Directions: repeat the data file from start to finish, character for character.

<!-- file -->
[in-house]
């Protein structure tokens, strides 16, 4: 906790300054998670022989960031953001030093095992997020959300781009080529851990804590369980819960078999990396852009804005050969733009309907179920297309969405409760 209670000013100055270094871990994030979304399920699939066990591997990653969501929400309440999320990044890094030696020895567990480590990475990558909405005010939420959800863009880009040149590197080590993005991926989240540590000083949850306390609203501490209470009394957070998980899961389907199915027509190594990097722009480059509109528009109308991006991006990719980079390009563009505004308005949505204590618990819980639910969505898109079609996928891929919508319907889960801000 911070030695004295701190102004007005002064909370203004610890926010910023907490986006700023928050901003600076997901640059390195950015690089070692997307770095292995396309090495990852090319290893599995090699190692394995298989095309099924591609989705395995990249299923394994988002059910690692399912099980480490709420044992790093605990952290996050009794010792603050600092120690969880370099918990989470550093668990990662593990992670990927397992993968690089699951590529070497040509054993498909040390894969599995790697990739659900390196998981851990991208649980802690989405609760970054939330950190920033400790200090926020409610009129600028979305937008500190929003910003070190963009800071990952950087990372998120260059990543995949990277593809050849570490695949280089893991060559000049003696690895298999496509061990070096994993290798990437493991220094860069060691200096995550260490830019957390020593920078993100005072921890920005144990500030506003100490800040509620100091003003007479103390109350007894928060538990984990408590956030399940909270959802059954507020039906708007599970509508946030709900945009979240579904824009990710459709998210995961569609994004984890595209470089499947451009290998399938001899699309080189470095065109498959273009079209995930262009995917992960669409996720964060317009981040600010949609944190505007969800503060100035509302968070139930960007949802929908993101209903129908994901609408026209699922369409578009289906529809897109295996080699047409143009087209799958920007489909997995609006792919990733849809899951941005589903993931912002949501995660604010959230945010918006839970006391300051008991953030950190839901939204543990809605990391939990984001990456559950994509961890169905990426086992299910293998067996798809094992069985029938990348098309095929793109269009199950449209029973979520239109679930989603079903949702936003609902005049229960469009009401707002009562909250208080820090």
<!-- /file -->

[in-house]
């Protein structure tokens, strides 16, 4: 906790300054998670022989960031953001030093095992997020959300781009080529851990804590369980819960078999990396852009804005050969733009309907179920297309969405409760 209670000013100055270094871990994030979304399920699939066990591997990653969501929400309440999320990044890094030696020895567990480590990475990558909405005010939420959800863009880009040149590197080590993005991926989240540590000083949850306390609203501490209470009394957070998980899961389907199915027509190594990097722009480059509109528009109308991006991006990719980079390009563009505004308005949505204590618990819980639910969505898109079609996928891929919508319907889960801000 911070030695004295701190102004007005002064909370203004610890926010910023907490986006700023928050901003600076997901640059390195950015690089070692997307770095292995396309090495990852090319290893599995090699190692394995298989095309099924591609989705395995990249299923394994988002059910690692399912099980480490709420044992790093605990952290996050009794010792603050600092120690969880370099918990989470550093668990990662593990992670990927397992993968690089699951590529070497040509054993498909040390894969599995790697990739659900390196998981851990991208649980802690989405609760970054939330950190920033400790200090926020409610009129600028979305937008500190929003910003070190963009800071990952950087990372998120260059990543995949990277593809050849570490695949280089893991060559000049003696690895298999496509061990070096994993290798990437493991220094860069060691200096995550260490830019957390020593920078993100005072921890920005144990500030506003100490800040509620100091003003007479103390109350007894928060538990984990408590956030399940909270959802059954507020039906708007599970509508946030709900945009979240579904824009990710459709998210995961569609994004984890595209470089499947451009290998399938001899699309080189470095065109498959273009079209995930262009995917992960669409996720964060317009981040600010949609944190505007969800503060100035509302968070139930960007949802929908993101209903129908994901609408026209699922369409578009289906529809897109295996080699047409143009087209799958920007489909997995609006792919990733849809899951941005589903993931912002949501995660604010959230945010918006839970006391300051008991953030950190839901939204543990809605990391939990984001990456559950994509961890169905990426086992299910293998067996798809094992069985029938990348098309095929793109269009199950449209029973979520239109679930989603079903949702936003609902005049229960469009009401707002009562909250208080820090």